Message from ...

the Himalayas

Working on the roof of the world

I’m on a research expedition high up in the Himalayas, at Rara Lake — Nepal’s largest freshwater lake. We spend days chugging along in our jeep at 10 kilometres an hour until we reach the lake. Along the way, we install weather stations and soil moisture sensors. We’re immersed in a huge variety of landscapes and climate zones over the course of our journey.

My wife and I spent four months trekking through the Himalayas on our honeymoon in 1999. It turned out to be the start of a long and close relationship with Nepal, its mighty Himalayan peaks and its people. We lived and worked there for two years in 2003 and 2004 and returned for many research expeditions. I study the impact of climate change on water cycles in the high mountains, especially the Himalayas. You could do that using computer models or satellite images, but you’ll need to take measurements in the mountains and combine those with other methods to truly understand how the system works.

My close relationship with Nepal began during my honeymoon in 1999

We crossed the low-lying part of the immense Karnali River basin earlier on in the expedition. I’m travelling with a PhD student who is studying the combined impact of changing land use and climate change on the flow of water to the lowlying Bardia National Park. The research is being conducted as part of the Save the tiger! project, a collaboration between ecologists, sociologists, hydrologists and geologists aimed at understanding changes in the national park’s tiger habitat.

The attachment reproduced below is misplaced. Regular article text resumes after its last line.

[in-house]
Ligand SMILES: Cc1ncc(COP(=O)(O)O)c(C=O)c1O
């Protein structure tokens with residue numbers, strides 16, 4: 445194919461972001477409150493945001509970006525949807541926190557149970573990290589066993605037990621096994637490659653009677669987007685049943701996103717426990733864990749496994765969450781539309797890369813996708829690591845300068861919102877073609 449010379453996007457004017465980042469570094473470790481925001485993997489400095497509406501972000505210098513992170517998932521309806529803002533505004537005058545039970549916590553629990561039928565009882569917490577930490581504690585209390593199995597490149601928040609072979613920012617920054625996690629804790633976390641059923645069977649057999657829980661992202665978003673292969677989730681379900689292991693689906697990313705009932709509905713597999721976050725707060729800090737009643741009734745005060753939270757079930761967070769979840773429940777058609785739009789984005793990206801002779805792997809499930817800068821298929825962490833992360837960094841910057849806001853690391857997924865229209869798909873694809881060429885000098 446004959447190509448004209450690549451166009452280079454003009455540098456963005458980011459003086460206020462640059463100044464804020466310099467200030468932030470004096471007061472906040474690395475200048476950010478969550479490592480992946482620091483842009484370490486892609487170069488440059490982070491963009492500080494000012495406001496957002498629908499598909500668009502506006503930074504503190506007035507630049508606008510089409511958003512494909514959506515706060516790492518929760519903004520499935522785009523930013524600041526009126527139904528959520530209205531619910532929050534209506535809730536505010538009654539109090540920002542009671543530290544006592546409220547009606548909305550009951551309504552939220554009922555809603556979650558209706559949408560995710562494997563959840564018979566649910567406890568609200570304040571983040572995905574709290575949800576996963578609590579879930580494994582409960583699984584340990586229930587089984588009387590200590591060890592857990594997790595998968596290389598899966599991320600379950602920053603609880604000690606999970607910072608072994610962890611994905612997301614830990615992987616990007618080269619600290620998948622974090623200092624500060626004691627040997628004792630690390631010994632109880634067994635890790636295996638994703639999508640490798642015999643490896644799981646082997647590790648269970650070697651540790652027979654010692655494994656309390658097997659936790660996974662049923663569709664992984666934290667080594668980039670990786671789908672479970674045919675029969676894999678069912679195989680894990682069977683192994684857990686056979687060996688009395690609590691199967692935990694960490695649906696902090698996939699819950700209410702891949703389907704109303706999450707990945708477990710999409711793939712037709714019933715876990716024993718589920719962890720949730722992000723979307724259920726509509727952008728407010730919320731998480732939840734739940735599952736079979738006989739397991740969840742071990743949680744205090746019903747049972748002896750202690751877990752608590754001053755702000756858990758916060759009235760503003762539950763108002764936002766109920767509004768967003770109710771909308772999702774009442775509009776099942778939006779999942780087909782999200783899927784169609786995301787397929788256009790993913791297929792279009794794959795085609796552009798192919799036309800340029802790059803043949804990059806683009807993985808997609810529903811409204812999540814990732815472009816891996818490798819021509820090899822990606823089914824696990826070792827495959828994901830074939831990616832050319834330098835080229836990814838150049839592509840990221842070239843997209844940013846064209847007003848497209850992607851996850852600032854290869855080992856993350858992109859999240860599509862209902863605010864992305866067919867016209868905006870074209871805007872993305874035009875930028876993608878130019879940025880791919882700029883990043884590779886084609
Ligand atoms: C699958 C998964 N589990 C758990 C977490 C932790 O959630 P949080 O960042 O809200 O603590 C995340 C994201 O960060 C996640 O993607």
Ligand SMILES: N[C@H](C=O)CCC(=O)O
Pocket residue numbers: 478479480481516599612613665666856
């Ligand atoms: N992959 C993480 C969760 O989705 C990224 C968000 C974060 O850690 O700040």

It proves to be an eventful trip, and we experience an earthquake on one of the first nights: its epicentre is just a few dozen kilometres away. Still, it’s a dream come true to be surrounded by tigers, crocodiles and tropical vegetation in the lowland plains one day and find ourselves among the world’s highest snow-capped mountains — crucial to human and animal water supplies — just a few days later.

Walter Immerzeel in Nepal op een boot

Walter Immerzeel
studied Environmental Sciences and obtained his PhD at the Utrecht University’s Department of Physical Geography in 2008. As professor of mountain hydrology, he studies the impact of climate change on glaciers in Asia and the availability of water to the millions of people living downstream. Among other honours, Walter received a Veni and Vidi Grant from the Dutch Research Council and was awarded the prestigious Macelwane medal by the American Geophysical Union.